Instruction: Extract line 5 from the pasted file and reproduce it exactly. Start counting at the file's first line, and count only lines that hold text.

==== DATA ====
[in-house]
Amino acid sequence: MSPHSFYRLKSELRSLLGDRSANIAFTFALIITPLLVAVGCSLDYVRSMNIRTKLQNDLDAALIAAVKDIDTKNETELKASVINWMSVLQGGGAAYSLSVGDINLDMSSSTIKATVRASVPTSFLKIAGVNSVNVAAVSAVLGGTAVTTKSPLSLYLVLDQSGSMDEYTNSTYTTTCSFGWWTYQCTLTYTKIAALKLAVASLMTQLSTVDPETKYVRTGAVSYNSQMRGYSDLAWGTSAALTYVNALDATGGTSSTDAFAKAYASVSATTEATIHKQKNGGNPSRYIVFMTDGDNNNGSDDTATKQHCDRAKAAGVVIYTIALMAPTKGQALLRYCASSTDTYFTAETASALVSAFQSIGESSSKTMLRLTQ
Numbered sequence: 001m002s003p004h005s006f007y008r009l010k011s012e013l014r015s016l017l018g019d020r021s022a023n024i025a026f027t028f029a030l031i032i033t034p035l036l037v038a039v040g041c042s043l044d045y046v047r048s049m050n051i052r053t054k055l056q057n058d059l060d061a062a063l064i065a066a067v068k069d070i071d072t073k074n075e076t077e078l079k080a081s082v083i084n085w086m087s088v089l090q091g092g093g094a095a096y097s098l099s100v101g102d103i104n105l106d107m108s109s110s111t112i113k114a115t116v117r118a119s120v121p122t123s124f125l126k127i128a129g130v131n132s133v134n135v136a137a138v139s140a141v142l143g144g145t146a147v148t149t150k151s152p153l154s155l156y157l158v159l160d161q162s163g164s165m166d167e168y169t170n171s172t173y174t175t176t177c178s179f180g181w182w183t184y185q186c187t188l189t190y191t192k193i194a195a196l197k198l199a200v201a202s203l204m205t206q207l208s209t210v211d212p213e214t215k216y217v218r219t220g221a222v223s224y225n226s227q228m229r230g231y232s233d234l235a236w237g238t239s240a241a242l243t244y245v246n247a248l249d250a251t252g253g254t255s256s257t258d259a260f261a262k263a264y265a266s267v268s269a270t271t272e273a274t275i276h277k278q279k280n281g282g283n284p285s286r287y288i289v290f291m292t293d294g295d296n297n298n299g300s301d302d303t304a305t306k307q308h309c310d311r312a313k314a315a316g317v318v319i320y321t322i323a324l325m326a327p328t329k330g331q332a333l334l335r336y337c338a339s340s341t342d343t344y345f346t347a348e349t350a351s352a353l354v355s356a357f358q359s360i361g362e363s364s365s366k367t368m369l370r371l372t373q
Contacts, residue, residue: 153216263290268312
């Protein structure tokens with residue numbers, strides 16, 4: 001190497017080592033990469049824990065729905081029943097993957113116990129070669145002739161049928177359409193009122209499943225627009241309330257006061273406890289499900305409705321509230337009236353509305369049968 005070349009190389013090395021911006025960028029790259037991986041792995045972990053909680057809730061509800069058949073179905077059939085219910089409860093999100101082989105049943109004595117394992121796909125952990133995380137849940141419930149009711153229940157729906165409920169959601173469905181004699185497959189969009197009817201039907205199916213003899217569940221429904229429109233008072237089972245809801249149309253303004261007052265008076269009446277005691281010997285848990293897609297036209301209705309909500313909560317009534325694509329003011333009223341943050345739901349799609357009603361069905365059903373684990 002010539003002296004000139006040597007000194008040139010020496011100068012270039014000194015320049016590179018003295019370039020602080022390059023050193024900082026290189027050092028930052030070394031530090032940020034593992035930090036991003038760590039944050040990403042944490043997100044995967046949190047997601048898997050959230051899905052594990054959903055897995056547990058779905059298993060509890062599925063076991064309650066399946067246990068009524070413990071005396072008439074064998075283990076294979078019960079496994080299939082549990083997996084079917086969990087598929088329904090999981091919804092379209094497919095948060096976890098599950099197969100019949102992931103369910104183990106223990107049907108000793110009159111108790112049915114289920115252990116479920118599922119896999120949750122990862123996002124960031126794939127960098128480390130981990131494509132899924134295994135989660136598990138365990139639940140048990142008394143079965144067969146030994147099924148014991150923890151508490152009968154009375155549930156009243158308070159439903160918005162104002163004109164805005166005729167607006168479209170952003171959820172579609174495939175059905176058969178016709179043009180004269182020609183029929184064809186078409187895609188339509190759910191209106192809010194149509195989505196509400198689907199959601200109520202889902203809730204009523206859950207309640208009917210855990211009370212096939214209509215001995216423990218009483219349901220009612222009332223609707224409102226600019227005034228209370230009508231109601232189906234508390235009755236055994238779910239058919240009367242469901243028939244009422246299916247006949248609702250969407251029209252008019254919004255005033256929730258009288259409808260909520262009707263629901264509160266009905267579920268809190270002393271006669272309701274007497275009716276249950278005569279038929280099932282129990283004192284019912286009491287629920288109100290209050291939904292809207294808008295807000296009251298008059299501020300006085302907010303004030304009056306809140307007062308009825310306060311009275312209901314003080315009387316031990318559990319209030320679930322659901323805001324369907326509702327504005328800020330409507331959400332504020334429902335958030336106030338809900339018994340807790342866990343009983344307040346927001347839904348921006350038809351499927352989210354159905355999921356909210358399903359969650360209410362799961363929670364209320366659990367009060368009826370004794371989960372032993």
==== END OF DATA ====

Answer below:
């Protein structure tokens with residue numbers, strides 16, 4: 001190497017080592033990469049824990065729905081029943097993957113116990129070669145002739161049928177359409193009122209499943225627009241309330257006061273406890289499900305409705321509230337009236353509305369049968 005070349009190389013090395021911006025960028029790259037991986041792995045972990053909680057809730061509800069058949073179905077059939085219910089409860093999100101082989105049943109004595117394992121796909125952990133995380137849940141419930149009711153229940157729906165409920169959601173469905181004699185497959189969009197009817201039907205199916213003899217569940221429904229429109233008072237089972245809801249149309253303004261007052265008076269009446277005691281010997285848990293897609297036209301209705309909500313909560317009534325694509329003011333009223341943050345739901349799609357009603361069905365059903373684990 002010539003002296004000139006040597007000194008040139010020496011100068012270039014000194015320049016590179018003295019370039020602080022390059023050193024900082026290189027050092028930052030070394031530090032940020034593992035930090036991003038760590039944050040990403042944490043997100044995967046949190047997601048898997050959230051899905052594990054959903055897995056547990058779905059298993060509890062599925063076991064309650066399946067246990068009524070413990071005396072008439074064998075283990076294979078019960079496994080299939082549990083997996084079917086969990087598929088329904090999981091919804092379209094497919095948060096976890098599950099197969100019949102992931103369910104183990106223990107049907108000793110009159111108790112049915114289920115252990116479920118599922119896999120949750122990862123996002124960031126794939127960098128480390130981990131494509132899924134295994135989660136598990138365990139639940140048990142008394143079965144067969146030994147099924148014991150923890151508490152009968154009375155549930156009243158308070159439903160918005162104002163004109164805005166005729167607006168479209170952003171959820172579609174495939175059905176058969178016709179043009180004269182020609183029929184064809186078409187895609188339509190759910191209106192809010194149509195989505196509400198689907199959601200109520202889902203809730204009523206859950207309640208009917210855990211009370212096939214209509215001995216423990218009483219349901220009612222009332223609707224409102226600019227005034228209370230009508231109601232189906234508390235009755236055994238779910239058919240009367242469901243028939244009422246299916247006949248609702250969407251029209252008019254919004255005033256929730258009288259409808260909520262009707263629901264509160266009905267579920268809190270002393271006669272309701274007497275009716276249950278005569279038929280099932282129990283004192284019912286009491287629920288109100290209050291939904292809207294808008295807000296009251298008059299501020300006085302907010303004030304009056306809140307007062308009825310306060311009275312209901314003080315009387316031990318559990319209030320679930322659901323805001324369907326509702327504005328800020330409507331959400332504020334429902335958030336106030338809900339018994340807790342866990343009983344307040346927001347839904348921006350038809351499927352989210354159905355999921356909210358399903359969650360209410362799961363929670364209320366659990367009060368009826370004794371989960372032993």